If you’re watching the Academy Awards this Sunday and find your mind wandering—as it likely will over the course of four hours—consider these connections between several of the nominees for Best Picture and artworks from the MIA collection. The movies, after all, trade in established iconography, visual shorthand. (Earlier this year on MIA Stories, John Waters protege George Figgs similarly juxtaposed great movies with great art at the MIA.) So here’s another way of seeing moving pictures for what they are—still pictures, one after another.
This fast-moving flick about disco-era con men, co-starring Christian Bale’s un-aerobicized belly, is probably the most fun of any Oscar-nominated movie this time around. There’s just something about that louche time, innocent in its own way. And it’s reflected, too, in this image from Ramon Muxter, a former MIA employee who captured the anything-goes underground of the 1970s as it was bubbling to the surface. Here, he poses with Mae West, the faded film star whose overt sexuality fit right into the times, forty years after her screen life.
Steve McQueen’s fresh take on the horrors of slavery, in this case the story of a freeman kidnapped and taken to a plantation, resonates in its sincerity and edginess with Kara Walker’s contemporary work. Her 1990s paper cutouts put a new spin on a 19th-century medium, an appropriation owing something to Pop Art (she was a big Andy Warhol fan growing up). And they have a cinematic feel, suggesting a narrative—the unfinished story of the antebellum South. Here, a female slave tumbles down in an elegant yet disturbing composition, at once harmonious and horrifying.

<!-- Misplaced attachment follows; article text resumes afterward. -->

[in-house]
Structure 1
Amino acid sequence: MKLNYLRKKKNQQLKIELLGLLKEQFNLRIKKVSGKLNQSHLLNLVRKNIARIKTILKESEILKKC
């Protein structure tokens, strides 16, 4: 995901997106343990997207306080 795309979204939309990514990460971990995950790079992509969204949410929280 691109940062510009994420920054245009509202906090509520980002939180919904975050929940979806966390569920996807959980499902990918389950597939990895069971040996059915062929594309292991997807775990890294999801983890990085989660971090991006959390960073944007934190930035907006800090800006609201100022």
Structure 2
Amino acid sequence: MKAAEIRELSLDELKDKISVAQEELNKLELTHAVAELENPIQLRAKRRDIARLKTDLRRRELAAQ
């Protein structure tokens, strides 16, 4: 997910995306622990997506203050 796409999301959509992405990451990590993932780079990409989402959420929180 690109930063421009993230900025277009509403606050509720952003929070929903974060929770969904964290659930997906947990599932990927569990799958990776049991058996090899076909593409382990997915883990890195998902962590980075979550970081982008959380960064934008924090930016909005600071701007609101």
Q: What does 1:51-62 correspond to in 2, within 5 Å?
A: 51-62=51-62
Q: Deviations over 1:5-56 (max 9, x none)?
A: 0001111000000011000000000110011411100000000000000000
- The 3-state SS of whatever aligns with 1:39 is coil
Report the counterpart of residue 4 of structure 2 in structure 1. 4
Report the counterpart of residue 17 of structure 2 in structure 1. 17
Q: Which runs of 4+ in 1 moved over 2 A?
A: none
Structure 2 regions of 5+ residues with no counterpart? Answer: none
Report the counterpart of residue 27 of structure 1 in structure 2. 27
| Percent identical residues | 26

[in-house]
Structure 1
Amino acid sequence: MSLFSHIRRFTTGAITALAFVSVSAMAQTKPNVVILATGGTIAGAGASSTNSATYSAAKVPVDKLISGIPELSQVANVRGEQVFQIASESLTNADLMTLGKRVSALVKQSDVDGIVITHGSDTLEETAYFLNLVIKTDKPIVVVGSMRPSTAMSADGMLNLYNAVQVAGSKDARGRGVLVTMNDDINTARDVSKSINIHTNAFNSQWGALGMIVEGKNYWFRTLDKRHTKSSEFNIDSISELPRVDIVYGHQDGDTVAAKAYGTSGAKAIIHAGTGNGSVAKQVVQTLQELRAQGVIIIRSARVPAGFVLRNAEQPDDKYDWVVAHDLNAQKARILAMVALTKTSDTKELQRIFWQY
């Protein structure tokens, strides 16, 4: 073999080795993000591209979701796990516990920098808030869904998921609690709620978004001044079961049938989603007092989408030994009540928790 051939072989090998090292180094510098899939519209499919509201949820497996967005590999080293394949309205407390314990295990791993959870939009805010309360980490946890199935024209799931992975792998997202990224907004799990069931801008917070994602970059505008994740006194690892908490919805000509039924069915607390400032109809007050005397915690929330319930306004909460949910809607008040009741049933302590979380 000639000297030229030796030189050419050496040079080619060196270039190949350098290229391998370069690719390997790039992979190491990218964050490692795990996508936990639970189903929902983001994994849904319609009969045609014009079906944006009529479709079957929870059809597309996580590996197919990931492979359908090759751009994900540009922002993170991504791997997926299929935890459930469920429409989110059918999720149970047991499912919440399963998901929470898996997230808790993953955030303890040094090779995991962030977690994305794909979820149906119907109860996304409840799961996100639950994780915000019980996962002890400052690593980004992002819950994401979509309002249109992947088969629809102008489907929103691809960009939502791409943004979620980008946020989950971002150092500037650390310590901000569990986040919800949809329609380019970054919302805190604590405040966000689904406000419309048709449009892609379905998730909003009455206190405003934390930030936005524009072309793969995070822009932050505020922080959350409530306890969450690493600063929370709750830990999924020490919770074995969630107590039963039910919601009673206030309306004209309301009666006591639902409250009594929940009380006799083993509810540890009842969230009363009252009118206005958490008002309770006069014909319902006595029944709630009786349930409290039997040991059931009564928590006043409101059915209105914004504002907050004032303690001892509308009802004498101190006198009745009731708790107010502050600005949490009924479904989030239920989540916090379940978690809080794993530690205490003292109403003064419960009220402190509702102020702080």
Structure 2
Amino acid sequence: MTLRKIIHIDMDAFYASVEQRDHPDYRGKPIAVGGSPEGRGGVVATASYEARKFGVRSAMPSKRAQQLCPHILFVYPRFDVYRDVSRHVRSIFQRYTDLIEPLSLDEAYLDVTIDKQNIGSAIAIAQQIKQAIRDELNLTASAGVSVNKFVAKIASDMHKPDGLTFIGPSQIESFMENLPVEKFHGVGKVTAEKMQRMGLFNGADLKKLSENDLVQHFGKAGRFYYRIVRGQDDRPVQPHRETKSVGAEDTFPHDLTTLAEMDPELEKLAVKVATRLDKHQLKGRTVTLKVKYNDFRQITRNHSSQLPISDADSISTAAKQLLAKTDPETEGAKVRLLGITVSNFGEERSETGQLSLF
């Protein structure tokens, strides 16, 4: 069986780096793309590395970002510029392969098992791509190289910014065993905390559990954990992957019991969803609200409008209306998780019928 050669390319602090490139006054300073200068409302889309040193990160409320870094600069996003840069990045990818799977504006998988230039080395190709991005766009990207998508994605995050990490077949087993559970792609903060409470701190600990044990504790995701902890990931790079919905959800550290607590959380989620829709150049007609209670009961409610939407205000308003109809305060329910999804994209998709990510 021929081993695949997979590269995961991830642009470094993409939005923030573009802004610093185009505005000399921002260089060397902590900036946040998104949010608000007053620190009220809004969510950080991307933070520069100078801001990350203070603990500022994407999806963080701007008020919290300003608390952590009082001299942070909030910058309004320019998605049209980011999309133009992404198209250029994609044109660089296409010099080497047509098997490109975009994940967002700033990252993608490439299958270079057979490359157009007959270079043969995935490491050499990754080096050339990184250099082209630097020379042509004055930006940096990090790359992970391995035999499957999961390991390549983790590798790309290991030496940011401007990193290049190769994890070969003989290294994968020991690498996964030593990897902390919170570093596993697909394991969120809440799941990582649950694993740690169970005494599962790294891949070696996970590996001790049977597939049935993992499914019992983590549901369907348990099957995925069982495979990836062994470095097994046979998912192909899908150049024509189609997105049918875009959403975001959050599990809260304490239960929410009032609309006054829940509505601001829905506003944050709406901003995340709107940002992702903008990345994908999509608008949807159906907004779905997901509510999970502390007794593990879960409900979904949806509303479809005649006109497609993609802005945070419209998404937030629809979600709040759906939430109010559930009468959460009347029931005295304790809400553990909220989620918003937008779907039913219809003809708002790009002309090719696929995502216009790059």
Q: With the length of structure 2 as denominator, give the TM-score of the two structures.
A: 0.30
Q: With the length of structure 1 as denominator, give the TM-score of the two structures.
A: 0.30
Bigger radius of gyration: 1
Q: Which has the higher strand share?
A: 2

An intense, near-wordless exercise in suspense, Gravity puts the fear back in space, casting it as a heartless, airless field of dangerous debris. Which it is. Half a century ago, we were more optimistic. This Philips TV channeled the enthusiasm for space fueled by the moon landings and, later, the Star Wars movies. Who wouldn’t want to watch the space shuttle takeoffs on a TV like this, and imagine ourselves up there someday soon.
A cantankerous old man insists he’s won a magazine sweepstakes. His son, in a hard-won compromise, agrees to take him across the Plains to Nebraska to claim his prize. A study of a life not-so-well-lived, it’s a dark comedy in the manner of Sideways. On the other hand, the character Jacob Jordaens was trying to depict with his study of an old man, around 1630, was likely more redeeming: a man beseeching the heavens and bowing his head, as though to pray. Both men will meet their maker, one will just have to be dragged, kicking and screaming.
A homophobic Texan finds out he’s HIV positive, bonding him in unexpected ways with gay men. This being the early 1980s, his prognosis isn’t great—until he he organizes an end run around government and big pharm to obtain a promising drug cocktail. Robert Mapplethorpe, at the time, was feverishly documenting the gay underworld even as he indulged it it, his homoerotic photographs embodying everything the homophobes feared. Mapplethorpe and several of his lovers died of AIDS, Mapplethorpe in 1989. Paul Wadina was among the many muscly men in the Arnold Schwarzenegger mode, gay and straight, who doffed their clothes for Mapplethorpe, Bruce Weber, and other photographers of the era, their robust physiques in stark contrast to the ravages of a new, unfettered disease.